The situation is dire. We have been operating in crisis mode for years now. Established systems are failing, new and old imperialist powers are throwing continents into wars of attrition, global supply chains are collapsing, financial markets are tumbling, healthcare systems are falling apart, education is on a consistent downward spiral — the list goes on.
But there is hope: The soils to grow new ideas have never been more nutritious. It has never been more urgent to double down on new revolutionary concepts and ideas. It is high time to change the world.
Reflecting on the decentralized ecosystems — the very systems designed to solve some of the underlying problems of the failing society — we realize that instead of creating actionable alternatives, we seemingly are:
- reinvigorating hierarchical power structures,
- setting questionable incentives,
- recreating existing failures,
- and hence, are more and more part of the problem.
The blockchain space is going through a multi-dimensional identity crisis.
Arguably, on a philosophical level, the ecosystem lost its shared identity long ago. Do we know what we want to achieve, and are we working towards the same thing? What are our shared values? Where are the red lines? All seems a blur, and everything goes in the always-online, never-stopping economic game machine.
"The folly was in thinking that, in a system that allows for almost anything, people would *not* maximize for their own utility over believing in the mission. To be fair though (and I mean this very seriously) a lot of us aren't exactly clear on *what* the mission is. It seems like it's mainly a lot of people trading shitcoins and jpegs, but we're told this isn't what we're trying to do."
Gwart: on X.
The lack of shared vision or values also results in an identity crisis in the truest sense of the word: How do we deal with identities in decentralized communities? Are personhood verification, KYC, and AML necessary evils? Or are they the hill we are going to die on?
On the Internet, nobody knows you're a dog — On the Blockchain, everybody sees everything.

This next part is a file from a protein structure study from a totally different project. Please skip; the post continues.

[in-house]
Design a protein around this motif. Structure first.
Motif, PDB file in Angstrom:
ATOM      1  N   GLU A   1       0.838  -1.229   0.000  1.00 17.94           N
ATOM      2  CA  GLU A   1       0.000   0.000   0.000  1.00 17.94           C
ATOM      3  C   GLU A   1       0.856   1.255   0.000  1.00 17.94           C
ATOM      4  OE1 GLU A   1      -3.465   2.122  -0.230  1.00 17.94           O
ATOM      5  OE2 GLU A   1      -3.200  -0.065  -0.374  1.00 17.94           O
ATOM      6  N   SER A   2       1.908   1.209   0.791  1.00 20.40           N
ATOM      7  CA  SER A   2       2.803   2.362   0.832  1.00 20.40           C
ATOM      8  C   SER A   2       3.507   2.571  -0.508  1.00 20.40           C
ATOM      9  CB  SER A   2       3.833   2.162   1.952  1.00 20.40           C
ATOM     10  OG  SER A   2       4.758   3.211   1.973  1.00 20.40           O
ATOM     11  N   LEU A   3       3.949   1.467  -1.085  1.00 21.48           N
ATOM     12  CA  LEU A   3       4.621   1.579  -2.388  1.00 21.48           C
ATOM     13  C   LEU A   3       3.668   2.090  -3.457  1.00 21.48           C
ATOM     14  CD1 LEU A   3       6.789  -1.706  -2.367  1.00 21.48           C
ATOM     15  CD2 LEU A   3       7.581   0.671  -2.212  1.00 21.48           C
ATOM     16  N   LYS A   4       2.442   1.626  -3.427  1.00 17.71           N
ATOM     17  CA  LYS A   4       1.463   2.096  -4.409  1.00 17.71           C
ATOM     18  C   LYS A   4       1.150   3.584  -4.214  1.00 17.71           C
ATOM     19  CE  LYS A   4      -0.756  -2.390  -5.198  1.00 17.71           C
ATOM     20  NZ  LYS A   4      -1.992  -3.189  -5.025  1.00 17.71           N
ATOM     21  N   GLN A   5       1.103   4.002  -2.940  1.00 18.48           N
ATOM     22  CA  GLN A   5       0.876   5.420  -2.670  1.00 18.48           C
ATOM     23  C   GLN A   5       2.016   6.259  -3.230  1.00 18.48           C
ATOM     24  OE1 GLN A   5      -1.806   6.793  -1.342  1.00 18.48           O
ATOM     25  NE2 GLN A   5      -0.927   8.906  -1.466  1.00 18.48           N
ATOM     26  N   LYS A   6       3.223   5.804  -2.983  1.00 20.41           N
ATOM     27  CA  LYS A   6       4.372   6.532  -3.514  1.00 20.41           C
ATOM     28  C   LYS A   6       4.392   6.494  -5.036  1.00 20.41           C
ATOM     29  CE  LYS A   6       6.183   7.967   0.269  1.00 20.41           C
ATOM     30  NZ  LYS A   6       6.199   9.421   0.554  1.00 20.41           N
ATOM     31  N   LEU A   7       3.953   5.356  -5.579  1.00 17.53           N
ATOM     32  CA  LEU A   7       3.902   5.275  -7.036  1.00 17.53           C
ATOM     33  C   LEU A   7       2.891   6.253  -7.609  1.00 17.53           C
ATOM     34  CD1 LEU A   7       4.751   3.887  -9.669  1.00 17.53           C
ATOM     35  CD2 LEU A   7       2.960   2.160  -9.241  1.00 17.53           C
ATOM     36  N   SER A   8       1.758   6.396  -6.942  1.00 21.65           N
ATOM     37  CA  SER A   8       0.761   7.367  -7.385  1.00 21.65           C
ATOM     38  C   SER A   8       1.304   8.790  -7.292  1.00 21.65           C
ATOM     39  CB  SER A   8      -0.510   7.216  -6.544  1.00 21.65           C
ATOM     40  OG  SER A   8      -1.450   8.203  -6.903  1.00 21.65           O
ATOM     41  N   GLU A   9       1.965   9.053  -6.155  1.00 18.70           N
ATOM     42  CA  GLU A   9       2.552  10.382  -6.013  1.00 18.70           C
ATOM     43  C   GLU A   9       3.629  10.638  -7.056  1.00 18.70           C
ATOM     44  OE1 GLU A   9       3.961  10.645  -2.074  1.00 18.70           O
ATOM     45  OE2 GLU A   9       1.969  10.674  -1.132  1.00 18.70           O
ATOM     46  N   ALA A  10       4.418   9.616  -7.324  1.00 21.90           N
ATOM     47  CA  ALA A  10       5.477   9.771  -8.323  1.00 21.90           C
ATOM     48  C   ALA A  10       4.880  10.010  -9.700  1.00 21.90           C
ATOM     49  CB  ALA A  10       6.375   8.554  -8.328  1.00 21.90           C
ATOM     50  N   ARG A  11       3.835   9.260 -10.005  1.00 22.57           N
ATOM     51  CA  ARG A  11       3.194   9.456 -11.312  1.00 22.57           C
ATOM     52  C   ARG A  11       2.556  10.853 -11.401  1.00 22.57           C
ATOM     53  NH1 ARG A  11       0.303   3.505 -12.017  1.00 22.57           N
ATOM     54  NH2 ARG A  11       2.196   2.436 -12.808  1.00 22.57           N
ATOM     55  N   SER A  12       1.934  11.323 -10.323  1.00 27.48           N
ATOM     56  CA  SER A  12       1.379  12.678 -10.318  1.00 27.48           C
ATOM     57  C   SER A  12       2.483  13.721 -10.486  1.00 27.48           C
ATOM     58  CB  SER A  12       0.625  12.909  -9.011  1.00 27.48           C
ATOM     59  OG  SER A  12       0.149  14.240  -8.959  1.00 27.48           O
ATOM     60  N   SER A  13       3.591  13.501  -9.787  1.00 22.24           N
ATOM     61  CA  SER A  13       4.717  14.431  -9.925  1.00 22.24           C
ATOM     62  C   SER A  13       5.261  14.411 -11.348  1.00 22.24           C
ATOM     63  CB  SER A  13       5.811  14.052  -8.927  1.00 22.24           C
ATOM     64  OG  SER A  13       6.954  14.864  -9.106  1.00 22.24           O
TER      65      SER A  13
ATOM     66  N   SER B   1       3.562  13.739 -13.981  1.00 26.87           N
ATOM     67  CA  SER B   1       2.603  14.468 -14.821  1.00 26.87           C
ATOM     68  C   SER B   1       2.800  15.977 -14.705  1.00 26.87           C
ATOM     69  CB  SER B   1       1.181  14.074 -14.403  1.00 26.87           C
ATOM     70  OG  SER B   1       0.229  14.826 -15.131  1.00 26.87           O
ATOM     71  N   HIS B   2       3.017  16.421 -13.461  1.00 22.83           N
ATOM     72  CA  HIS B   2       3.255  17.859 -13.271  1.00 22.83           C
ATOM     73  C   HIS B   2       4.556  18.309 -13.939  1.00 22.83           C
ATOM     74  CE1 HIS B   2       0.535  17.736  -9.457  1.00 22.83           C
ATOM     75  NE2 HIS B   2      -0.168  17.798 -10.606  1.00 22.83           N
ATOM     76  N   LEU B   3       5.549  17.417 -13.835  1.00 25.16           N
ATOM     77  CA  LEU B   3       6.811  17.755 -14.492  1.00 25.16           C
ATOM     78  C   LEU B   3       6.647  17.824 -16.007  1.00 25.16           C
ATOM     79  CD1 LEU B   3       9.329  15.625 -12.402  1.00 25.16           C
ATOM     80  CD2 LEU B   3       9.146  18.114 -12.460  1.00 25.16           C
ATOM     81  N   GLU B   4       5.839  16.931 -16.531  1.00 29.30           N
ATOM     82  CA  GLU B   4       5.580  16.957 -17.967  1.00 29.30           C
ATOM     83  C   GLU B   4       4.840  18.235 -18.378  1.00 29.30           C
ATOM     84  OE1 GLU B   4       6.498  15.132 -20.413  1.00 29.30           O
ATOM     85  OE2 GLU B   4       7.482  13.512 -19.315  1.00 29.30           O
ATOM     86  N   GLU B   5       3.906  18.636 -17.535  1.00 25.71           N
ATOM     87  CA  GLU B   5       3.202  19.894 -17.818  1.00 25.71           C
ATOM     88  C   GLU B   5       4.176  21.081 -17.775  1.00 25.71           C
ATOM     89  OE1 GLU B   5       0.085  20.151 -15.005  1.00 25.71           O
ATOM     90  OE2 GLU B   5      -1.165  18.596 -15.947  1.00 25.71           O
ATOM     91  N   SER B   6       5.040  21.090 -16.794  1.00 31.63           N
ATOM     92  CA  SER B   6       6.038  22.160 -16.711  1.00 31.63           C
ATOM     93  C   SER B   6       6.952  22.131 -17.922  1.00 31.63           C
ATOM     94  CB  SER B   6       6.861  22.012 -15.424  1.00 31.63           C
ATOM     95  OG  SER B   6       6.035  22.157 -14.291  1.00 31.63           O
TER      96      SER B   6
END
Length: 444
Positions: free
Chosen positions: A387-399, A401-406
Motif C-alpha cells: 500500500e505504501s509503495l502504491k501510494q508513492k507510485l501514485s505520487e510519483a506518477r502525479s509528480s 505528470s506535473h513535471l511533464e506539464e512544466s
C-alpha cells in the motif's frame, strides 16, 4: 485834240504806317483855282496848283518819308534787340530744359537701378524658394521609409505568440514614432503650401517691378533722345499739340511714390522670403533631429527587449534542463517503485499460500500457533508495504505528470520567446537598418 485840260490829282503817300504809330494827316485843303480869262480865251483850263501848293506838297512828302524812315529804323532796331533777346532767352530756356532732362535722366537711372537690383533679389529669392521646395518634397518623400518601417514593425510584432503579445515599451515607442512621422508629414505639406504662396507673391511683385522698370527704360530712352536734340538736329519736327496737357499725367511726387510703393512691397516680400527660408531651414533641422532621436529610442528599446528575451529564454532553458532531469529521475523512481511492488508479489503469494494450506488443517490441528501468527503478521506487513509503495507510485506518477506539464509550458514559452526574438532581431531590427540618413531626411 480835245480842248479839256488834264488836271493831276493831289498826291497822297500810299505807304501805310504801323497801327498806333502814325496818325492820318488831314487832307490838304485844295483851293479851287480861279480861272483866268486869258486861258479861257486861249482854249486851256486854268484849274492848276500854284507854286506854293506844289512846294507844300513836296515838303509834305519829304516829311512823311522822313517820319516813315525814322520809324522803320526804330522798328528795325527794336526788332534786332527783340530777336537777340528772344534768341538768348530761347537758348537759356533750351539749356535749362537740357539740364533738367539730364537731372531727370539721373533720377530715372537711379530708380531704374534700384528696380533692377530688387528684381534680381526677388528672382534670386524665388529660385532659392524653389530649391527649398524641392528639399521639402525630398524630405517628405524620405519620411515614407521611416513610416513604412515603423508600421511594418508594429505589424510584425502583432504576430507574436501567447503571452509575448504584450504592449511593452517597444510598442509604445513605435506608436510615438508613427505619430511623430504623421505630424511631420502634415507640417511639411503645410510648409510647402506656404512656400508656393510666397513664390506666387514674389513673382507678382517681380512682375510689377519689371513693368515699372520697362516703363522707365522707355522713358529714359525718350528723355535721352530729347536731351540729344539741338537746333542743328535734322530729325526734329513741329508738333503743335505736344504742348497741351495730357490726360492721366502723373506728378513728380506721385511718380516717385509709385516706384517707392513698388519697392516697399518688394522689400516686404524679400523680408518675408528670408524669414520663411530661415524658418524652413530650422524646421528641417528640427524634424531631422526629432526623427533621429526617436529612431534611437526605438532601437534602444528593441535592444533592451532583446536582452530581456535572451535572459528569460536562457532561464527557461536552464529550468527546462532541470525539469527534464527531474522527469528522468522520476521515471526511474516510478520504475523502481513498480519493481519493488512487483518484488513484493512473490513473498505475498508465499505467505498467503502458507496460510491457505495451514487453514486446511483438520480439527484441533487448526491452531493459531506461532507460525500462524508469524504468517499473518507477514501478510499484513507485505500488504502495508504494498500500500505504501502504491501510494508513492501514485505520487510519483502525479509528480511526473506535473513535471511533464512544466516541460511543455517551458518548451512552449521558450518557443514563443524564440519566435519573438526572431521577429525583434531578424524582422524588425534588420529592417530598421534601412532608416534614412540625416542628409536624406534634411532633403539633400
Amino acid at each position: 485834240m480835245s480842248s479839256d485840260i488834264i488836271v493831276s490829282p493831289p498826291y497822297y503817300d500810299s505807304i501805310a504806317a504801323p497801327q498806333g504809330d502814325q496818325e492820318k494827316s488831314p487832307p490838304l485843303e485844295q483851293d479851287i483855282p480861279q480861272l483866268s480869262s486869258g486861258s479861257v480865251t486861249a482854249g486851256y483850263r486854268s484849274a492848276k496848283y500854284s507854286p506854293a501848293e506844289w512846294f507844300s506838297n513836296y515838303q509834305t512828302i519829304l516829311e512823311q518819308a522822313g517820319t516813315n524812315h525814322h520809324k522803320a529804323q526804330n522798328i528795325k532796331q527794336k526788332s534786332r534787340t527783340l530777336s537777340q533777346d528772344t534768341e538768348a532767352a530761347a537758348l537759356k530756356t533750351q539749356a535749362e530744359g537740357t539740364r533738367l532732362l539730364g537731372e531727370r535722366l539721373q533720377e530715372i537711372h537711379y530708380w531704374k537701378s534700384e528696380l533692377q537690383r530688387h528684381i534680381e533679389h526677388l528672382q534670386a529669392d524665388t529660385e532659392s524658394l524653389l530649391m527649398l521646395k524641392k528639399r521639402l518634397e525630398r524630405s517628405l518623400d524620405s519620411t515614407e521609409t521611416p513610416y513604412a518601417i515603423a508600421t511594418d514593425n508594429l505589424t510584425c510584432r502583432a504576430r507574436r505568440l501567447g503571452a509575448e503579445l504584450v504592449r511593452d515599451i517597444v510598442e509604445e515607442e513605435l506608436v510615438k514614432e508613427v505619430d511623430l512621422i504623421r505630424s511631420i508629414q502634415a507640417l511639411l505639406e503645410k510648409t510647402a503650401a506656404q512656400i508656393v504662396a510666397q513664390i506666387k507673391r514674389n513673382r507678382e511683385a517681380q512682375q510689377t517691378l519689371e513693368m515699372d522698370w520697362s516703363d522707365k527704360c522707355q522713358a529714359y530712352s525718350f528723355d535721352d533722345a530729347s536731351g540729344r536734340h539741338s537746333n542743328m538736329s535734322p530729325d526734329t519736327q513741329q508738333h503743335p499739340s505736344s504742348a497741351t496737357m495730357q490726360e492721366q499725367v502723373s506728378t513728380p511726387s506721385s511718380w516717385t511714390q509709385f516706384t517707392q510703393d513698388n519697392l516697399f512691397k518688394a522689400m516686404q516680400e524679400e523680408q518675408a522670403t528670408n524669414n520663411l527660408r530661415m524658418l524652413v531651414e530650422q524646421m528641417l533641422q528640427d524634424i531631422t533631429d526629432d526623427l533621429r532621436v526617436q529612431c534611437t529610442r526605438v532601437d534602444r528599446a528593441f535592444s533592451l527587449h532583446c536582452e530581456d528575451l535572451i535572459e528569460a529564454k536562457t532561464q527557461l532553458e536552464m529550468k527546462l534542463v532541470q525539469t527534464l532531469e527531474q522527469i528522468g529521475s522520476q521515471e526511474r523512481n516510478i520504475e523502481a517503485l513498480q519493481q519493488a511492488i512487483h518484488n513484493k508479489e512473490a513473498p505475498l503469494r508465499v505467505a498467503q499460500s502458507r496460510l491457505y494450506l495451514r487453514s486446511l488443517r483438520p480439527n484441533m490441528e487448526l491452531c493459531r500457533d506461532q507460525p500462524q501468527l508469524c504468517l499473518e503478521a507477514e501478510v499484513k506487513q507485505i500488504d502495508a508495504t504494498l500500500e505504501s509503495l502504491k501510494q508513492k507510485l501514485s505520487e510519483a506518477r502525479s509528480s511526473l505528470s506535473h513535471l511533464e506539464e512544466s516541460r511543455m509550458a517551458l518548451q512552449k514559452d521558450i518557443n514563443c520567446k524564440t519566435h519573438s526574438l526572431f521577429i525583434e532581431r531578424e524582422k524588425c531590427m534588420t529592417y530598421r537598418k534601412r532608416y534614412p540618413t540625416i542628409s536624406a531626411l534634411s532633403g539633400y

And again, instead of creating solid alternatives, we seem to be part of the problem. We are developing systems with complex social graphs and are considering incorporating the most private biometrics to prove we are humans. But what for? Universal basic "income" that is funded through venture capital snowball systems that sustain no one except the investors?
Vitalik Buterin argues in his blog"The concept of proof-of-personhood in principle seems very valuable [...]. A world with no proof-of-personhood seems more likely to be a world dominated by centralized identity solutions, money, small closed communities, or some combination of all three." — But do we give up so easily?
It seems the community is breaking off into different silos: How important is privacy? Is something like proof-of-personhood on the blockchain a desirable goal, and, how should it be implemented and enforced?
We want to use our voice in the community to remind everyone that privacy should be a core feature of the technologies we are building.
- Identity is arbitrary.
- Biometrics are not keys.
- Sybils are friends.
- Anonymity loves company.
We find ourselves at the intersection of decentralization, privacy and security research: zero-knowledge cryptography, fully homomorphic encryption, secure multi-party computation — the list goes on. Let's put it to use!
"The magic of cryptography gives us privacy, while the resilience of blockchains allows for global, coordinated, coercion-resistant institutions."
Jarrad Hope: Logos Manifesto.
For this year's ETHBerlin hackathon, we invite you to join the discussion and hack on anti-identity features instead of identity anti-features that boost the individual's privacy.
And, just like last year, we encourage hackers, workshop hosts, and supporters at ETHBerlin04 to focus on the following key attributes:
- Private: There is no need for your name, data, or ID.
- Usable: It has to be accessible and user-friendly.
- Direct: It does not ask for permission.
- Subversive: It transforms established orders and structures of power.
- Social: It empowers people and makes a difference in somebody's life.
- Clandestine: It will not comply.
- Independent: It will not rely on governments, corporates, or investors.
- Impactful: It intends to make a difference.
- Secure: It does not put anyone at risk.
- Libre: It will be free, both as in free speech and free lemonade.
We may only have this one last shot. Let's conspire in Berlin and build the change we want to see!
May 24-26, 2024